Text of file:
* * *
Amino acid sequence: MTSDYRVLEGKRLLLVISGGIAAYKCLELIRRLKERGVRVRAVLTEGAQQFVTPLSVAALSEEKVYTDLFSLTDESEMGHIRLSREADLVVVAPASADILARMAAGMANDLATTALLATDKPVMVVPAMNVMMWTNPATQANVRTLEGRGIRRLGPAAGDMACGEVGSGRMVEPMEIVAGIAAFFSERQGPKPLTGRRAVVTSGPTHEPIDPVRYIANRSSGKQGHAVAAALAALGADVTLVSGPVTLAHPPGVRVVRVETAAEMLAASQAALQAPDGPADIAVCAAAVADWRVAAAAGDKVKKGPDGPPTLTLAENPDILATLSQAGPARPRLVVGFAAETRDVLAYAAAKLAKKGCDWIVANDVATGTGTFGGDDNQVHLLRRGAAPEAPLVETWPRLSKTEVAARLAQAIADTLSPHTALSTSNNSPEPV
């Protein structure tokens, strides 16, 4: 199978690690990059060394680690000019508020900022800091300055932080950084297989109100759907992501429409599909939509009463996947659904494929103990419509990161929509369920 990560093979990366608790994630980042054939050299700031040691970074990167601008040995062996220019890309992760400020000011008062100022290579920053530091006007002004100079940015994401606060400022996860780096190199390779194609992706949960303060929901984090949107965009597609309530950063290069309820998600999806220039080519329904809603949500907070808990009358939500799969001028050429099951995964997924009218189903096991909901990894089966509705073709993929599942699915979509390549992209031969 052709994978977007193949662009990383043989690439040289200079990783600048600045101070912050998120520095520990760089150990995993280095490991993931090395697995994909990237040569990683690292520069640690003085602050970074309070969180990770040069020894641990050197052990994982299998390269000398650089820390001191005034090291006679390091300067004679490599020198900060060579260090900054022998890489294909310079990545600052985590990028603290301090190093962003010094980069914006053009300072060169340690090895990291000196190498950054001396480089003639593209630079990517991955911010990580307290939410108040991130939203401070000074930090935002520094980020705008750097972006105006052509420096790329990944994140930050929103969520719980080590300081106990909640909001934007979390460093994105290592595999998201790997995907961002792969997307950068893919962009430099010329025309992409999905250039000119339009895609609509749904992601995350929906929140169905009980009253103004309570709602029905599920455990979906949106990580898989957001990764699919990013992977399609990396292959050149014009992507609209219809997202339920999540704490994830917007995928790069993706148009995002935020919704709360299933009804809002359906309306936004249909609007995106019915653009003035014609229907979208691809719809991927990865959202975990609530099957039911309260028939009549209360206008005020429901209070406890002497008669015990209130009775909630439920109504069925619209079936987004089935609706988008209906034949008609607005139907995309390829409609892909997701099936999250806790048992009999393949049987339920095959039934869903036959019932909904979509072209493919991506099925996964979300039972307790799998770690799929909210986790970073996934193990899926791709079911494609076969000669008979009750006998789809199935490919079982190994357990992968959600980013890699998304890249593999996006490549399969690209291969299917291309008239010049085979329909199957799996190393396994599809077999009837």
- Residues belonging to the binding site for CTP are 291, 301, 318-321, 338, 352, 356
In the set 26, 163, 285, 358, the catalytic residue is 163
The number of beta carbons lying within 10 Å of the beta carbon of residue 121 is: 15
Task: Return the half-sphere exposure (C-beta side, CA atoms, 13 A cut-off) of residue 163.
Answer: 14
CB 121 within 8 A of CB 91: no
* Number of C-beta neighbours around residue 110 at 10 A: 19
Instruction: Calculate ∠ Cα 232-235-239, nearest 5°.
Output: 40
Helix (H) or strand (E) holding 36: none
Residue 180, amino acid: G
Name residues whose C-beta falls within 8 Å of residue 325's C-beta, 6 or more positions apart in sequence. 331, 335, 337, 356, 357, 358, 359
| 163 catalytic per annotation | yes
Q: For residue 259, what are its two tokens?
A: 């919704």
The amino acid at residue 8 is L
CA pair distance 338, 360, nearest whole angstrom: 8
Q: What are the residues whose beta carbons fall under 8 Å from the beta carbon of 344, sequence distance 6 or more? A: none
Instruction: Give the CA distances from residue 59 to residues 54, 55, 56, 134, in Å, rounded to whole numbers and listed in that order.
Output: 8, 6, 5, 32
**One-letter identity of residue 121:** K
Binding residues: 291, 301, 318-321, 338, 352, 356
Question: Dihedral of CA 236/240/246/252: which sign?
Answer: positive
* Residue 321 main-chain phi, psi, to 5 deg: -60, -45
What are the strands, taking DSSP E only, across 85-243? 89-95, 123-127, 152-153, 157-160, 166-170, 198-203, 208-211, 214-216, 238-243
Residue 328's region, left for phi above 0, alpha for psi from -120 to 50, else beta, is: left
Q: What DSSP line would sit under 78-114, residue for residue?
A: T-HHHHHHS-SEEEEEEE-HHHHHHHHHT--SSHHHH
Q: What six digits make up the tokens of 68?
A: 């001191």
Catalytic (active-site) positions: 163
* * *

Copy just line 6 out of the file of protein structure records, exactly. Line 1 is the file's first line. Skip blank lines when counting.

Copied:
Task: Return the half-sphere exposure (C-beta side, CA atoms, 13 A cut-off) of residue 163.